23. 23. The role of XML/XSLT <ul><li>Content and navigation can often be described by custom XML-based formats. </li></ul><ul><li>Presentation can be described in other XML-based formats (XHTML, WML, SMIL, SVG…) </li></ul><ul><li>Interaction can often be described with XForms </li></ul><ul><li>(XML+Xforms) + XSLT ==> Presentation + Interaction </li></ul><ul><li>New devices can be added by providing new XSLT templatses </li></ul><ul><li>This separates content, navigation, presentation and interaction. </li></ul>
  24. 24. Device Diversity <ul><li>Devices that can, or soon will be able to access web content, are diverse </li></ul><ul><ul><li>Workstations </li></ul></ul><ul><ul><li>Personal Digital Assistants (PDAs) </li></ul></ul><ul><ul><li>Mobile Phones </li></ul></ul><ul><ul><li>Voice Systems </li></ul></ul><ul><ul><li>Printers </li></ul></ul><ul><ul><li>Interactive TV </li></ul></ul>
  25. 25. Device Output Characteristics <ul><li>Devices have different output characteristics </li></ul><ul><ul><li>Screen size and resolution </li></ul></ul><ul><ul><li>Colour capacity </li></ul></ul><ul><ul><li>Video capacity </li></ul></ul><ul><ul><li>Audio capacity </li></ul></ul>
  26. 26. Device Bandwidth Characteristics <ul><li>Devices have different bandwidth characteristics </li></ul><ul><ul><li>2400bit/S - 1Gbit/S </li></ul></ul><ul><ul><li>Declared bandwidth </li></ul></ul><ul><ul><li>Actual bandwidth </li></ul></ul>
  27. 27. Device Input Characteristics <ul><li>Devices have different input characteristics </li></ul><ul><ul><li>Keyboards </li></ul></ul><ul><ul><li>Handwriting recognition </li></ul></ul><ul><ul><li>Voice recognition </li></ul></ul><ul><ul><li>Multitap/T9 </li></ul></ul><ul><li>Some input devices are unsuitable for some applications, i.e. multitap for writing a thesis. </li></ul>
  28. 28. Other Device Characteristics <ul><li>User preferences </li></ul><ul><li>Location </li></ul><ul><li>Cost of access </li></ul>
  29. 29. What does this lead to <ul><li>What you should do: </li></ul><ul><ul><li>Aim for a structure where you can provide functional user experiences on all devices. </li></ul></ul><ul><ul><li>Abstract device knowledge </li></ul></ul><ul><ul><li>Consider providing harmonized user experiences for particular devices or classes of devices. </li></ul></ul><ul><li>This leads to </li></ul><ul><ul><li>Ease of maintenance </li></ul></ul><ul><ul><li>Scalability to new devices </li></ul></ul>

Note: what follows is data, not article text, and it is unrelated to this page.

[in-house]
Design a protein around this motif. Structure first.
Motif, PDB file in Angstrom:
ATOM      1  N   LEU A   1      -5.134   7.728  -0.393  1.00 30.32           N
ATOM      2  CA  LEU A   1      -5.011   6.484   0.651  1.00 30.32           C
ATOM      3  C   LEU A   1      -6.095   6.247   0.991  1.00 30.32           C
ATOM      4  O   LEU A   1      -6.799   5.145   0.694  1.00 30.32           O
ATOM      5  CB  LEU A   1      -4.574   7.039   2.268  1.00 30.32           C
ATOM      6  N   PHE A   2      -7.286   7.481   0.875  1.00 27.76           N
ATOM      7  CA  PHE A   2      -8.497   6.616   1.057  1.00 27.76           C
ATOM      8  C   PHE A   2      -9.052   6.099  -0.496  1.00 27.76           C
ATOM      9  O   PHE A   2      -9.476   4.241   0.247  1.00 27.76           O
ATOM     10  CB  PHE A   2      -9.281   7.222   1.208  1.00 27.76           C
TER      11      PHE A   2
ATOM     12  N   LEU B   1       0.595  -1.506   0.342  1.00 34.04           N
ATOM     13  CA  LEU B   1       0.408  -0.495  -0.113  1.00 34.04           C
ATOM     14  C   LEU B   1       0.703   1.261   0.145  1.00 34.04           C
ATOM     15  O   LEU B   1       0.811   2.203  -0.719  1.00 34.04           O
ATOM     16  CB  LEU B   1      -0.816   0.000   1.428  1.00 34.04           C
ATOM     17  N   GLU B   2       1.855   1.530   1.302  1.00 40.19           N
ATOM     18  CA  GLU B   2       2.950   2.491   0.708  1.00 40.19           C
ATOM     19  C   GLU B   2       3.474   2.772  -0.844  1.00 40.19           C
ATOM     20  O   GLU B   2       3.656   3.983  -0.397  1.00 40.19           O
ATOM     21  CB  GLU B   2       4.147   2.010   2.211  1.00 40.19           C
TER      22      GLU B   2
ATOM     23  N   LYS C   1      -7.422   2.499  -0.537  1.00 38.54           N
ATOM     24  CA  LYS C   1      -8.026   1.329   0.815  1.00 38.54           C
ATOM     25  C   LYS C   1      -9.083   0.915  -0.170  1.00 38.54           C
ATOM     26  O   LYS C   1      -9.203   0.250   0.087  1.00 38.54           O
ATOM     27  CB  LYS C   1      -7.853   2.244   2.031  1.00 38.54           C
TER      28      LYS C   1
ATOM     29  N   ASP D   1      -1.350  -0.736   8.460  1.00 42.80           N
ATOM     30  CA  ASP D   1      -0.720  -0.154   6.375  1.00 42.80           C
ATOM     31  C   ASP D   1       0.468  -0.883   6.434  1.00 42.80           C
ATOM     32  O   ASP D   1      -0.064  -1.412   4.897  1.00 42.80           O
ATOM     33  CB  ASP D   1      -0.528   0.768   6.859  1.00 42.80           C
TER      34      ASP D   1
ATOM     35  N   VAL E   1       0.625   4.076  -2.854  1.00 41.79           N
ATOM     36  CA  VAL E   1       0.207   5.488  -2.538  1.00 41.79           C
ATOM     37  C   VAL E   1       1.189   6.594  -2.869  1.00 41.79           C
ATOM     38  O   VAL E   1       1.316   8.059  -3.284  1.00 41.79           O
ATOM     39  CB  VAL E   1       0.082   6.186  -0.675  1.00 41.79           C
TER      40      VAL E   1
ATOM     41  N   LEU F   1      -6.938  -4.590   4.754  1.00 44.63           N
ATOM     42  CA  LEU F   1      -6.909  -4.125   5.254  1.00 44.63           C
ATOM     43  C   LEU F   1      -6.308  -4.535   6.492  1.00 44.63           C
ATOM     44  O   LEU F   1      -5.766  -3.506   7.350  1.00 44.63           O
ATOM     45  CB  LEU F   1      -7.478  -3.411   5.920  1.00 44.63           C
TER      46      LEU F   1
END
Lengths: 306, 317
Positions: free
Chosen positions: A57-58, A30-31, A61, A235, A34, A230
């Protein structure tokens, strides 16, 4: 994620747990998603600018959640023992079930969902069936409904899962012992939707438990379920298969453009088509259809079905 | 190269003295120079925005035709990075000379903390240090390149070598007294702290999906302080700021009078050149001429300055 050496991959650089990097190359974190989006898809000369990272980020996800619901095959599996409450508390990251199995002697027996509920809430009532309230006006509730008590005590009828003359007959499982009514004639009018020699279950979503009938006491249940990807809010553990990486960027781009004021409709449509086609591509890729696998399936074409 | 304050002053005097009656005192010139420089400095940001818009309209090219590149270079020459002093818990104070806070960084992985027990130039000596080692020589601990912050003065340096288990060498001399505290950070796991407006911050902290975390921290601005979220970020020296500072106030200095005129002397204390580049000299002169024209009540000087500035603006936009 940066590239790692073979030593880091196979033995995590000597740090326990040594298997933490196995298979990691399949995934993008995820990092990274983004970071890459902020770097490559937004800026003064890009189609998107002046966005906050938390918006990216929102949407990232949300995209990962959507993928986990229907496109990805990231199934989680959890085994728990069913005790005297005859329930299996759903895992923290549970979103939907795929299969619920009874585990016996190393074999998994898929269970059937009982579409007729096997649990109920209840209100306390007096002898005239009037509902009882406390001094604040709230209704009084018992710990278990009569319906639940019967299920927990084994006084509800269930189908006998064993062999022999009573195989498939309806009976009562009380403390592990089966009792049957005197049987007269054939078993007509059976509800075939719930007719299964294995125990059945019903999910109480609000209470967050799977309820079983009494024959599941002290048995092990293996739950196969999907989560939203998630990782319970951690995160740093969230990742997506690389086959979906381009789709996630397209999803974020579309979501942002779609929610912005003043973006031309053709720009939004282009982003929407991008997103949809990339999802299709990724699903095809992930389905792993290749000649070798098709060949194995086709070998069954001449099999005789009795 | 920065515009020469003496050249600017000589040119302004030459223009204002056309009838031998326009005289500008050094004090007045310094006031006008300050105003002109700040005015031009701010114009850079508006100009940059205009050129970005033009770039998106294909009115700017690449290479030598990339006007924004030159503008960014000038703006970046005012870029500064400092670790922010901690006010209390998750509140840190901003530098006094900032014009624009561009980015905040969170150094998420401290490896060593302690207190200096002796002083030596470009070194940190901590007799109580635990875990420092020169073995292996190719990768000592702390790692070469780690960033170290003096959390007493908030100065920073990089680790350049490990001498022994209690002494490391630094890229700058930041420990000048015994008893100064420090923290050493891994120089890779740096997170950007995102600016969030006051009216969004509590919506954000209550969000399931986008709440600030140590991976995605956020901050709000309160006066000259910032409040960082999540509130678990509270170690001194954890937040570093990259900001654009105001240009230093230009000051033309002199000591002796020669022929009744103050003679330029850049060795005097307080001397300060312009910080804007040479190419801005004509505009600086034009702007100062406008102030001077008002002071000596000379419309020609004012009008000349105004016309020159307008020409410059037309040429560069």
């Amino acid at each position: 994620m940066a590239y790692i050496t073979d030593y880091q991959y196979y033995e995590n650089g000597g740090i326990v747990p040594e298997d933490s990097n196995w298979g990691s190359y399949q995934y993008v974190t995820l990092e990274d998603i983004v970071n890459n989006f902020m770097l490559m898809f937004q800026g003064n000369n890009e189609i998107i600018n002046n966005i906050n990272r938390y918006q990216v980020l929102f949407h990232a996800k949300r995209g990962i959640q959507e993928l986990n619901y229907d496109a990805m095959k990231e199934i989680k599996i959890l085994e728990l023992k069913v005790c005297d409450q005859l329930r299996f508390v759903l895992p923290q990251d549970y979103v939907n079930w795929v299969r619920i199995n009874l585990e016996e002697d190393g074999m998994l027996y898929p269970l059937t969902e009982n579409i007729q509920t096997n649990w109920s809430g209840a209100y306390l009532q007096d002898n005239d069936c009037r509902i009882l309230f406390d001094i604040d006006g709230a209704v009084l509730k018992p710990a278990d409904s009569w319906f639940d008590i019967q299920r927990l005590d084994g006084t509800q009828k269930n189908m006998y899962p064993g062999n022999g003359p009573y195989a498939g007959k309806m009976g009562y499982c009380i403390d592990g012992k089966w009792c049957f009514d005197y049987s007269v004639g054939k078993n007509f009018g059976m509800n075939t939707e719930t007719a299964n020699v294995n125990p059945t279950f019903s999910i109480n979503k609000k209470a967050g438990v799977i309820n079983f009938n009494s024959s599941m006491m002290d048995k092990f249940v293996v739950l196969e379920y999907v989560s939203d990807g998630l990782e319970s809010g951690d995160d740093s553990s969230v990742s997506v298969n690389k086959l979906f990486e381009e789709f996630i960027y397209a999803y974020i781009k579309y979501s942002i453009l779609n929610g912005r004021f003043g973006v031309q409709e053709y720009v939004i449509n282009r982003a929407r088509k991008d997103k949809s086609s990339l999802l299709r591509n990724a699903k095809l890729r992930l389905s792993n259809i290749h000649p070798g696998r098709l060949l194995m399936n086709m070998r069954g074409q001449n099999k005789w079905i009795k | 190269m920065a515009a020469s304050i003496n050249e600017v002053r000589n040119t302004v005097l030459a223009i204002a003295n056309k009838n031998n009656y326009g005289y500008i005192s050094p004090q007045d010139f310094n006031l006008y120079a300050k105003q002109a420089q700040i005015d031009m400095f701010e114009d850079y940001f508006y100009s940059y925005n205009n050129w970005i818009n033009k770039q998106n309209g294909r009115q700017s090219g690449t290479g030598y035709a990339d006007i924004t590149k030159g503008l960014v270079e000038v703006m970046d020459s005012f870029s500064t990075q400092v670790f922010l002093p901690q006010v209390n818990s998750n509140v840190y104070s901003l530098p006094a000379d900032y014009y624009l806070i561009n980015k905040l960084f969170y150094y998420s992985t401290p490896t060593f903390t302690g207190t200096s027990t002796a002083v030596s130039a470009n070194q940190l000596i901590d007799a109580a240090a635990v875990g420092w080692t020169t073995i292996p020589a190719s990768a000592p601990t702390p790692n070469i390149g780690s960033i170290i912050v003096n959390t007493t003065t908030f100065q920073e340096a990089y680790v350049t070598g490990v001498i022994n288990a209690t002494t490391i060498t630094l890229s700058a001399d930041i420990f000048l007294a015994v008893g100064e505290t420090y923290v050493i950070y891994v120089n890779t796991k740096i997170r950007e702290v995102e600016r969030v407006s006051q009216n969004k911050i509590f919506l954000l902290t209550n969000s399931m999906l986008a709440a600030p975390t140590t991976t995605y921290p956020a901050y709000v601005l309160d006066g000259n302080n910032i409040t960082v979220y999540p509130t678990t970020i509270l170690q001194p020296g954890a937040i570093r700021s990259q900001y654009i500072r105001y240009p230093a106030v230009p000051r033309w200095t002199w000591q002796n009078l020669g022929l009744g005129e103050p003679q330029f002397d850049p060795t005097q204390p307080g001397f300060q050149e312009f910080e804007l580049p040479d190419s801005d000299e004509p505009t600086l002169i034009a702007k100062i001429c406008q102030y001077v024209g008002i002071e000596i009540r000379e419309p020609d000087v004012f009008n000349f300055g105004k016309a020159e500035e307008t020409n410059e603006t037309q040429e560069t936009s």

30. 30. Harmonized User Experience <ul><li>A Harmonized User Experience is a functional user experience that is sufficiently harmonized with the delivery context to meet the quality criteria of the author. </li></ul>
  31. 31. Example: Font substitution
  32. 32. Example: Forms
  33. 33. Example: Navigation
  34. 34. Mapping Navigation structure to devices <ul><li><navigation </li></ul><ul><li>title=&quot;Dokumentstrukturer&quot; base=&quot;/dokumentstrukturer06/&quot;> </li></ul><ul><li><menuitem href=&quot;&quot;> </li></ul><ul><li><text>Startsida</text> </li></ul><ul><li></menuitem> </li></ul><ul><li>… </li></ul><ul><li><menuitem href=&quot;lab/&quot;> </li></ul><ul><li><text>Examination</text> </li></ul><ul><li><menuitem href=&quot;lab/lab1/&quot;> </li></ul><ul><li><text>Lab 1: DTD</text> </li></ul><ul><li></menuitem> </li></ul><ul><li><menuitem href=&quot;lab/lab2/&quot;> </li></ul><ul><li><text>Lab 2: XSLT</text> </li></ul><ul><li></menuitem> </li></ul><ul><li> … </li></ul><ul><li></menuitem> </li></ul><ul><li> … </li></ul><ul><li></navigation> </li></ul>
  35. 35. XSLT for adapting content to different devices index-fo.xsl index-wml.xsl index-html.xsl index-fo.xsl
  36. 36. References/Links <ul><li>W3C activities on Device Independence: http://www.w3.org/2001/di/ </li></ul><ul><li>http://www.w3.org/TR/2003/NOTE-acdi-20030901/ </li></ul><ul><li>http://www.w3.org/MarkUp/Forms/ </li></ul><ul><li>http://www.cameronmoll.com/archives/000415.html (about mobile web design) </li></ul>